Until 2013, Shorten was a key minister in the last federal Labor government, which imposed the burden of the 2008 global financial crisis on the working class, privatised disability services and cut welfare payments for single mothers. Labor and the unions have also been agitating against “foreign workers” taking “Aussie jobs.”
While making empty promises to voters, Shorten is quietly reassuring big business that its agenda will be implemented. In a recent interview with the Australian, Shorten declared he had strong pro-business policies. He said: “I talk to hundreds of businesses. I can’t open the door without business people wanting to come to talk to me... We’ve got some very good initiatives for business.”
Labor’s disaster in NSW is part of a wider crisis of the whole parliamentary setup. While the Liberal Party lost only one lower house seat in Sydney, its rural-based National Party coalition partners suffered swings of up to 20 percent, losing three seats to the right-wing populist Shooters, Fishers and Farmers Party, which exploited years of devastation of jobs and services in many rural areas.
If replicated at the federal election, such National Party losses alone would cause the defeat of the minority Coalition government headed by Prime Minister Scott Morrison. More fundamentally, the collapse of National Party support in its former heartlands presents an existential threat to the Coalition, the other mainstay—with Labor—of capitalist rule in Australia since World War II.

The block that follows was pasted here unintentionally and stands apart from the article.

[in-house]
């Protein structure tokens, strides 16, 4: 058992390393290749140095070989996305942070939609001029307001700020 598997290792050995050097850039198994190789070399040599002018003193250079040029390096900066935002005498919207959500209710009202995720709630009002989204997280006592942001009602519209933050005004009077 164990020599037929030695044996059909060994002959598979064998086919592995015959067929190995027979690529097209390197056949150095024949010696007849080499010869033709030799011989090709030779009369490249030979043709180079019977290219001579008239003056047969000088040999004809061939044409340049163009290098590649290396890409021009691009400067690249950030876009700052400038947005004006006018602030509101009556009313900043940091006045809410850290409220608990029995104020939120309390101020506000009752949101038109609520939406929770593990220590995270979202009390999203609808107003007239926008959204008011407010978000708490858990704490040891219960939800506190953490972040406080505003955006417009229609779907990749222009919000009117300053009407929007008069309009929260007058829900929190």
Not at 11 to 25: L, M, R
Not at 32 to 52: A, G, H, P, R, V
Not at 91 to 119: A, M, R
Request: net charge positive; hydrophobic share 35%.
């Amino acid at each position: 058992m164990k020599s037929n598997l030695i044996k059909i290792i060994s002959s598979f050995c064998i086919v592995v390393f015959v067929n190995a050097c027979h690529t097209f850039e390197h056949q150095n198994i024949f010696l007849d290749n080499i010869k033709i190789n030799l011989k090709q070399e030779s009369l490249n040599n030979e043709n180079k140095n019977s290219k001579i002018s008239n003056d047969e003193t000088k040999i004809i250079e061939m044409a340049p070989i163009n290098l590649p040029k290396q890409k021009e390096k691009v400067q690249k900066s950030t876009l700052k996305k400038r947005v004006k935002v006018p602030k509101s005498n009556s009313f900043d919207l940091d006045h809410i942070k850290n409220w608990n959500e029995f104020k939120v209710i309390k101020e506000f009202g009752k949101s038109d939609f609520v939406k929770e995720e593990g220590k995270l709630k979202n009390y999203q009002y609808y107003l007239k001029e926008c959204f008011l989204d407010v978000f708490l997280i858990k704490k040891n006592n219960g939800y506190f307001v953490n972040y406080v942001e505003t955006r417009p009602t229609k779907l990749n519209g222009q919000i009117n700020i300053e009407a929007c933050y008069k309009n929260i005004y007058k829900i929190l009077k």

After the NSW shock, former National Party leader Barnaby Joyce, who was removed by supporters of then-Prime Minister Malcolm Turnbull in February 2018, demanded that the federal government “wake up.” Joyce and his backers are part of a wider push by the “hard right” wing of the Coalition to refashion the Coalition into a Trump-style far-right movement to attempt to divert the mounting social unrest in reactionary nationalist and xenophobic directions.
After a decade of political turmoil in which there have been seven changes of prime minister—four through inner-party coups—the coming federal election is also looming as one of crisis for the two major parties and the political establishment as a whole.